Daily Archives: June 3, 2014

Talent to burn

Hella track record here…

I wonder how many other programs can make a claim like that.



Filed under Georgia Football

“We are trying to make room for guys who want to do things right.”

If you’re wondering why I posted that Mark Richt’s quote about Tray Matthews “becoming a very dependable guy” was one of the sillier things he’s uttered lately, well

The short but tumultuous Georgia football career of Tray Matthews has come to an end.

The rising sophomore safety was dismissed from the team, head coach Mark Richt announced on Tuesday.

That quote is as blunt a statement as I’ve ever heard Richt make upon a player’s dismissal from the team, and you have to think, based on what he said a week ago, that this is over something more than Checkgate.

There’s something completely unsurprising about Matthews looking to transfer to either Auburn or Louisville, right?  Unsurprising, but amusing.

I wonder when somebody decides to put together an “I was dismissed by Mark Richt” alumni party.  Looks like they’ll need a bigger room for that.

Oh, yeah…

Thanks for the memories, guys. Best of luck.


UPDATE:  Presented without comment…



Filed under Georgia Football

A tale of two contracts

Nick Saban’s new deal:  eight years, $6.5 million per year with a $400,000 completion bonus.

Junior’s new deal:  three years, $680,000 for the first two years and $714,000 for the third year.

Hard to question Saban’s numbers, other than why it took seven months to hash out the contract extension.   But I continue to be amazed at every new SEC offensive coordinator who does better, financially speaking, than Mike Bobo.


Filed under Don't Mess With Lane Kiffin, Nick Saban Rules

Tater Tot on his ’93 national champions

Jon Solomon’s updated his piece about Auburn’s search for more national champs with a quote from Terry Bowden, who coached the 1993 team that’s supposedly under consideration.  He’s pretty good about it, to be honest, ranging from awkward (his dad won the ’93 title) to sensible to honest:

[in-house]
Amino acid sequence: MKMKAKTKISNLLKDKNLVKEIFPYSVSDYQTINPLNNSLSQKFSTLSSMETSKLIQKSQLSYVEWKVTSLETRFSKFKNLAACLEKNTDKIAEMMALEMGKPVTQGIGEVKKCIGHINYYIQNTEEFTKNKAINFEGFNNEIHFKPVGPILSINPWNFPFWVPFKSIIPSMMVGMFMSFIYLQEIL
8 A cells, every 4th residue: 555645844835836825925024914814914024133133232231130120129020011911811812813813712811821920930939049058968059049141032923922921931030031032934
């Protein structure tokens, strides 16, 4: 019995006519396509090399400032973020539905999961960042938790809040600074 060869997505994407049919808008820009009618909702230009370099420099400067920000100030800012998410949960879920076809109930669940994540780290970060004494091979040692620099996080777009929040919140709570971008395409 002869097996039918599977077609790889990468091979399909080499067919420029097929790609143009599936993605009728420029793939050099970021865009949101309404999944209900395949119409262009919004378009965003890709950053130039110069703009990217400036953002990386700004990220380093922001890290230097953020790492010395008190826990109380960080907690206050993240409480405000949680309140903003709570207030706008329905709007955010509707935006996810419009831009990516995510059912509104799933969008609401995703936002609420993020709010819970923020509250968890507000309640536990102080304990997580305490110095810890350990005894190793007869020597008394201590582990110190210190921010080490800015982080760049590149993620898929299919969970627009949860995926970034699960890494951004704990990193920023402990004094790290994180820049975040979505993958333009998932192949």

“You’ve been in the same world I’ve been in,” said Terry Bowden, Auburn’s coach in 1993. “In the last 20 years I think this argument hasn’t come up that much. My dad’s Florida State team is the only team we’ve kind of recognized from 1993.”

Bowden said he’s not sure why the Auburn debate is happening now — “Isn’t this about what Alabama does, then Auburn does (for counting national titles)?” he speculated — but added he would be proud if the 1993 team is recognized as a national champion.

“In light of the fact we’re talking about a mythical proclamation that’s not chosen by the NCAA or an NCAA-sanctioned playoff, everybody has the right to claim what they want to claim,” Bowden said. “All I can say is I wouldn’t want to get into that argument, but I’d be proud if they’re recognized. I do know that football team and those young men beat the defending national champion and at the end of the season was the only undefeated team left in the country. Somebody chose them. I don’t even know who that is, to be honest with you.”

It’s a helluva lot less cringeworthy than anything Tuberville’s had to say on the subject.


Filed under Auburn's Cast of Thousands

Dawg News from the Twitterverse

Two health items…

… and one roster matter.

I think the last one means they’re back under 85 players on scholarship.  So some walk-on is about to get rewarded.


UPDATE:  Bonus coverage from Seth Emerson at Pigskin Preview in Macon today – and guess who the first player Mason names in response to the usual question about whom he’s most excited.


UPDATE #2:  Radi Nabulsi has more health news here.


Filed under Georgia Football

Gurley, Gurley, Gurley

This ESPN thought piece is by and large pretty worthless, especially Gene Wojciechowski’s part (a selection committee cam?  Ugh…), but you gotta love this bit from Mark Schlabach:

Running backs seem to be largely an afterthought in the NFL draft nowadays, but it’s still one of the most important positions in college football. Gurley, the Bulldogs’ sensational junior star, is the kind of running back who can carry a team on his shoulders. When Gurley is healthy, he might be the most valuable player in the sport. Unfortunately for the Bulldogs, he was banged up too much last season, missing long stretches with groin and ankle injuries. Gurley still managed to run for 989 yards with 10 touchdowns last season, after gaining 1,385 yards with 17 touchdowns as a freshman in 2012. Gurley is too good to be sitting on the sideline. If he stays healthy, he might become a Heisman Trophy finalist and a potential top-10 NFL draft pick.

I just hope everyone’s writing about Gurley’s production as positively during and after this season.